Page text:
Green Day

Father of All...

BY Ian GormelyPublished Feb 7, 2020

What the hell are Green Day doing?
The ugly-ass cover; the unnecessary profanity in the title; the ridiculously short runtime (26 minutes!); singer-guitarist Billie Joe Armstrong's ridiculously high falsetto — none of it adds up. There's even a conspiracy theory that says that Father of All Motherfuckers, the 13th Green Day album, is a giant middle finger to their longtime label, Reprise, and that they plan to go indie after they fulfill their contractual obligations.
Taken on its own, the title track and first single certainly supports such a theory. Its stop-start rhythms, Armstrong's voice, the "huh-uhs" of the chorus — they all feel awkward, like the band were trying to shoehorn random ideas into something that resembled a Green Day song. American Idiot for the Trump era it is not.
Maybe that's for the best. Since that album's massive success, the Bay Area trio have struggled to find an equilibrium between their punk roots and concept record ambitions. Followups were bloated or half-baked, failing to recapture the spark that lit their best records. In context though, Father of All… is a piece of a bigger picture that mashes slices of soul, doo wop, Motown and glam. Armstrong, Mike Dirnt and Tre Cool have flirted with these sounds before, but they've never quite coalesced in such a fluid way.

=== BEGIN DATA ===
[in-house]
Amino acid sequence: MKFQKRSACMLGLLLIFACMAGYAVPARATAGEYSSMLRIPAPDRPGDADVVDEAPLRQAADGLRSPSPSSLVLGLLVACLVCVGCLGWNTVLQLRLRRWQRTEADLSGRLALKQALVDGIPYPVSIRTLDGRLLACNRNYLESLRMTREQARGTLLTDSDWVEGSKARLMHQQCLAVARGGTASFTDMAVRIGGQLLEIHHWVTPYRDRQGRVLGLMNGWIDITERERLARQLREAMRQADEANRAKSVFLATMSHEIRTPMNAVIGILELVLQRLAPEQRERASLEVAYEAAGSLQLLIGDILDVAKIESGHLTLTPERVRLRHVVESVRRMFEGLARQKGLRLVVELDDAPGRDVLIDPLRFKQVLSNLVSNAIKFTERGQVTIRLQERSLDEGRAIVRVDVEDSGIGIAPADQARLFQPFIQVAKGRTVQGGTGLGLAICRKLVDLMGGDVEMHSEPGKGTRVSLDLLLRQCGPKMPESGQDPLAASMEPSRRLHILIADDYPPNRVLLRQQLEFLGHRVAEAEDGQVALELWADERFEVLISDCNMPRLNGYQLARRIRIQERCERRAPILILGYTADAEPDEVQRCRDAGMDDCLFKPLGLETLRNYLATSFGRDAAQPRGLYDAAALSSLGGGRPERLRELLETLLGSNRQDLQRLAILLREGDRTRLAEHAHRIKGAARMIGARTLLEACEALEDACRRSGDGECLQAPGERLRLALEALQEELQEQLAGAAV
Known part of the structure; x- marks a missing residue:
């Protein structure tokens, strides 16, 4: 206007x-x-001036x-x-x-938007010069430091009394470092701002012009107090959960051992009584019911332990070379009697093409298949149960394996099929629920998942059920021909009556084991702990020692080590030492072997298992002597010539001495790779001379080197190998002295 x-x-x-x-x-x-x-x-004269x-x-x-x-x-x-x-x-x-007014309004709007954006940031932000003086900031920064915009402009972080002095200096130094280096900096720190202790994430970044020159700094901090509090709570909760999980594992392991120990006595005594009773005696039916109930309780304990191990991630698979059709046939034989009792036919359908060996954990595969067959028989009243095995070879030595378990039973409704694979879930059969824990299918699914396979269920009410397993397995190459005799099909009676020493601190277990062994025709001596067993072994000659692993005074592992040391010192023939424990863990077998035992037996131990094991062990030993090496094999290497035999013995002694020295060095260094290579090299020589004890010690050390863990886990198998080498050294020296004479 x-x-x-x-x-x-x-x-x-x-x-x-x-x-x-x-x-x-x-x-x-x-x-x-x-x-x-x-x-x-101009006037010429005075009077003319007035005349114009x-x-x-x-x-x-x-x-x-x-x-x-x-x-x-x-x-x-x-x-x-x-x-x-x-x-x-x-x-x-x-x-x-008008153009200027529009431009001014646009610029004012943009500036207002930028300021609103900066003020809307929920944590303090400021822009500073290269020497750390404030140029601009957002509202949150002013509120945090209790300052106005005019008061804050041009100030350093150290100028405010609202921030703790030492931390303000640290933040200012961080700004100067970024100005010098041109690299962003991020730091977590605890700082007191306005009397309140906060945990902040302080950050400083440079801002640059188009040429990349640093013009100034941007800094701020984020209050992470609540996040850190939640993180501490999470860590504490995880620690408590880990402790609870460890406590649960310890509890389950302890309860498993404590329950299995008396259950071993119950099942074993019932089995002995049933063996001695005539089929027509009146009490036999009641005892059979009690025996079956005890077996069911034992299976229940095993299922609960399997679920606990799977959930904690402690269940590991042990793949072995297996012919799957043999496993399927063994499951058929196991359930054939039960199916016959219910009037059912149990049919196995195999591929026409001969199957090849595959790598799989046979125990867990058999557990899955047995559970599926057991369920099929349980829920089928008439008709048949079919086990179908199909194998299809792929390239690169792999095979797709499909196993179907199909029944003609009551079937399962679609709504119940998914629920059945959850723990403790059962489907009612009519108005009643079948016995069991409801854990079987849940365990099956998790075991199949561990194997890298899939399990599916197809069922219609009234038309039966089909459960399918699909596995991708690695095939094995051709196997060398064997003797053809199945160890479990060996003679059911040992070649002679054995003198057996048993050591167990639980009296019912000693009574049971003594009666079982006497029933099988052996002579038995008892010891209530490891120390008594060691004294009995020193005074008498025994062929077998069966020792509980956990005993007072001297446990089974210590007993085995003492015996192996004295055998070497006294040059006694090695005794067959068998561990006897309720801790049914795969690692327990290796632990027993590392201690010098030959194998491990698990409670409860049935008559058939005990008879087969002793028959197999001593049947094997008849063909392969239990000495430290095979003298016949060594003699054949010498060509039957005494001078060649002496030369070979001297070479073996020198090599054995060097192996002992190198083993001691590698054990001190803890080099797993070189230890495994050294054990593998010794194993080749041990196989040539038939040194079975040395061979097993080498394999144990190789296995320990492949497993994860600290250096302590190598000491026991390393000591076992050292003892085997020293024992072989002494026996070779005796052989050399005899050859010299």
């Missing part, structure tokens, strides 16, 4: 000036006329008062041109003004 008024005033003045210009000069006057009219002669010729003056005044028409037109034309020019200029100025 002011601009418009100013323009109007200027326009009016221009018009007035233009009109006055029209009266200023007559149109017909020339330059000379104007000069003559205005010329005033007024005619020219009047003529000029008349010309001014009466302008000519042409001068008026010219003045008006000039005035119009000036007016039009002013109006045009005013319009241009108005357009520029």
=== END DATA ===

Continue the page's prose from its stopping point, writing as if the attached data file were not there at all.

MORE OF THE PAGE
It works here thanks to the band's strong sense of identity as they borrow tropes. "Oh Yeah" samples from Joan Jett's "Do You Wanna Touch Me (Oh Yeah!)" and resembles that track's glam-rock shuffle (the band are donating royalties from this song to charity on account of convicted pedophile Gary Glitter's songwriting credit). "Meet Me on the Roof" and "Stab You in the Heart" hue closest to their influences ('60s R&B and '50s rock'n'roll") but stay on the right side of homage — they aren't interested in recreating the past, just nicking its best parts. Bass player Dirnt and drummer Cool's contributions are often underrated, something that should hopefully change here: this is the album where Green Day finally learn to make their music swing.
The band have described the record's lyrics as being about "a party and lifestyle of not giving a fuck." Yet Armstrong is no longer the 20-something who writes hit songs about getting high and feeling bored. Middle-aged Billie Joe (he'll turn 48 this month) remains preoccupied with the plight of the underdog, though he thankfully gives up the empty sloganeering of Revolution Radio, for a (slightly) more subtle approach. Sure, "Fire, Ready, Aim"  ties in nicely with the band's newly minted NHL partnership, but it also functions as a pointed critique of liars and hypocrites who fail to see the consequences of selfish actions.
Still, the most notable thing about the record is how excited everyone sounds. It crackles with energy, buoyed by the feeling that the trio are finally unshackled by their past. It's punchy, and the hooks generally last long past the record's short runtime. That they don't abandon their basic sound in the process is a remarkable feat and a needle that they will hopefully manage to thread moving forward.
What are Green Day doing? Whatever the fuck they want.

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